Janet Frame Biography
(1924–2004), The Lagoon, Faces in the Water, Owls Do Cry, The Edge of the Alphabet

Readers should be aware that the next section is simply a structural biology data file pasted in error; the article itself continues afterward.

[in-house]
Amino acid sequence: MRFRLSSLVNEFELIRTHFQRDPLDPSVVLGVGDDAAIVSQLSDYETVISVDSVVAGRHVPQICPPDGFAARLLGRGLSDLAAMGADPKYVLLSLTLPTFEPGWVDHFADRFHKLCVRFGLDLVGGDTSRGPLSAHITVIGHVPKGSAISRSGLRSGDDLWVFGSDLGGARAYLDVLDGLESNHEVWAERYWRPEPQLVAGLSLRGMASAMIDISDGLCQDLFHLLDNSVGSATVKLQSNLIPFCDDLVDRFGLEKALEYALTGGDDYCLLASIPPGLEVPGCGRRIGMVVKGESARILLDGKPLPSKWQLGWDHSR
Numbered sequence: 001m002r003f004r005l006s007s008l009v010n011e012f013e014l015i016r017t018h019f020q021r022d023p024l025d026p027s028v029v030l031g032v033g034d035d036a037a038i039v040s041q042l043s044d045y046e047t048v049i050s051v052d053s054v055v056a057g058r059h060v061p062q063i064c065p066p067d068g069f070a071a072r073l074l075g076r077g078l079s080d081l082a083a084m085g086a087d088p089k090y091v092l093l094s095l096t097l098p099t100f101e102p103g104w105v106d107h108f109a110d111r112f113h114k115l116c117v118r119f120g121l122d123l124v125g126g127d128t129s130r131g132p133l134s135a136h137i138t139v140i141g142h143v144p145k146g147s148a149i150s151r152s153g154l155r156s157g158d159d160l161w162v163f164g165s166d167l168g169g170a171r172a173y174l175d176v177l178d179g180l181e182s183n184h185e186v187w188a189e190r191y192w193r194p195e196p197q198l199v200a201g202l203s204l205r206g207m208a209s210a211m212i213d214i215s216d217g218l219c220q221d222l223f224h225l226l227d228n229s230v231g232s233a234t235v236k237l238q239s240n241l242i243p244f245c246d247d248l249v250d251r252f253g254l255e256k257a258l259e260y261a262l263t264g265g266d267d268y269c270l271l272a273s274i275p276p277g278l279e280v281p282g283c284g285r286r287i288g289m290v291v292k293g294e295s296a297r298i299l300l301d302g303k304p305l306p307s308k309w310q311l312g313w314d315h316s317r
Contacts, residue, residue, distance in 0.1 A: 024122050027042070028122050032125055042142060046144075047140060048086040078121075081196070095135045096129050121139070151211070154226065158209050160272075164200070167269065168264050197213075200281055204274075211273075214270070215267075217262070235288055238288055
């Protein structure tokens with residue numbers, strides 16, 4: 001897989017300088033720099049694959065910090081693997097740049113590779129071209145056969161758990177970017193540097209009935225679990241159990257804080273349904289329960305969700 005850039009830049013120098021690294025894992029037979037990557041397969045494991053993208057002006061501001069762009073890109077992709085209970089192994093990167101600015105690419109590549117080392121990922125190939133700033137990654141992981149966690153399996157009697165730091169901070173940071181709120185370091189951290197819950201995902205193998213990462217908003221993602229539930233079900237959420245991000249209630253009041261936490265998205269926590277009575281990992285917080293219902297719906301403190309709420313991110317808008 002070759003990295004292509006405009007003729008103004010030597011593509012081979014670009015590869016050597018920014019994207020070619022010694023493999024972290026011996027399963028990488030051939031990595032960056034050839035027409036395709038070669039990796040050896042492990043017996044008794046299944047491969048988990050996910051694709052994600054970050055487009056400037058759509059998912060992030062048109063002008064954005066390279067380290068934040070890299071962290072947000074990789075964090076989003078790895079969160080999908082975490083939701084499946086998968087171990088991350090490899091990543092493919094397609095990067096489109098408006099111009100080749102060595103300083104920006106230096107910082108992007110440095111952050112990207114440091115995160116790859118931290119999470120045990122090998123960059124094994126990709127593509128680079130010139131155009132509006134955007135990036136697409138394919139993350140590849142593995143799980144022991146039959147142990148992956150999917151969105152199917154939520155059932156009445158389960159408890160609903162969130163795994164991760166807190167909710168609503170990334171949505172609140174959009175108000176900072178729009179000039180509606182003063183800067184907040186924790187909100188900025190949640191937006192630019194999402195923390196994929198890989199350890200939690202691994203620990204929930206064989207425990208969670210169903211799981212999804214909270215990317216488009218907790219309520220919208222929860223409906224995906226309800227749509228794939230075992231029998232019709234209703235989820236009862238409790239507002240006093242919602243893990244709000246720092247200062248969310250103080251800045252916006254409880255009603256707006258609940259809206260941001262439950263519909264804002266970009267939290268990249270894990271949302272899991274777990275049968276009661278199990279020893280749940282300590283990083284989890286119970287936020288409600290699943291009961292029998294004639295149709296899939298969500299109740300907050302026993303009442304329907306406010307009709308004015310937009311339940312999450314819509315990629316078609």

New Zealand writer, born in Dunedin, educated at Otago University and Dunedin Teachers' Training College. Early stories were published in The Lagoon (1951, revised 1961). Faces in the Water (1961) drew creatively and with harrowing directness upon her many years of incarceration in institutions for the mentally ill. Frame left New Zealand in 1956, and lived for many years in England and the USA before returning to New Zealand. Her first novel, Owls Do Cry (1957), explored the borders of madness and ‘reality’ in a small-town New Zealand setting; The Edge of the Alphabet (1962) extended such concerns. Frame's writing has consistently pursued complex, indeed often by definition inexpressible, questions of human communication; later work includes Intensive Care (1970), Daughter Buffalo (1972), Living in the Maniototo (1979), and You Are now Entering the Human Heart (1983). Her three-volume autobiography, To the Is-Land (1983), Angel at My Table (1984), and The Envoy from Mirror City (1985), was widely acclaimed. In her largely New Zealand-set novel The Carpathians (1988), Frame again probes complex and profoundly disturbing issues of human identity, communication, and fulfilment in terms which also question the conventions and limits of the fictional form employed. Frame's poetry is collected in The Pocket Mirror (1967). Critical assessments are collected in Jeanne Delbaere's Bird, Hawk and Bogie: Essays on Janet Frame (1978), while two full-length studies of her work by Margaret Dalziel (1980) and Patrick Evans (1988) are complemented by a continuing international interest in her work, encouraged by the film An Angel at My Table (1990) which dramatizes her life.
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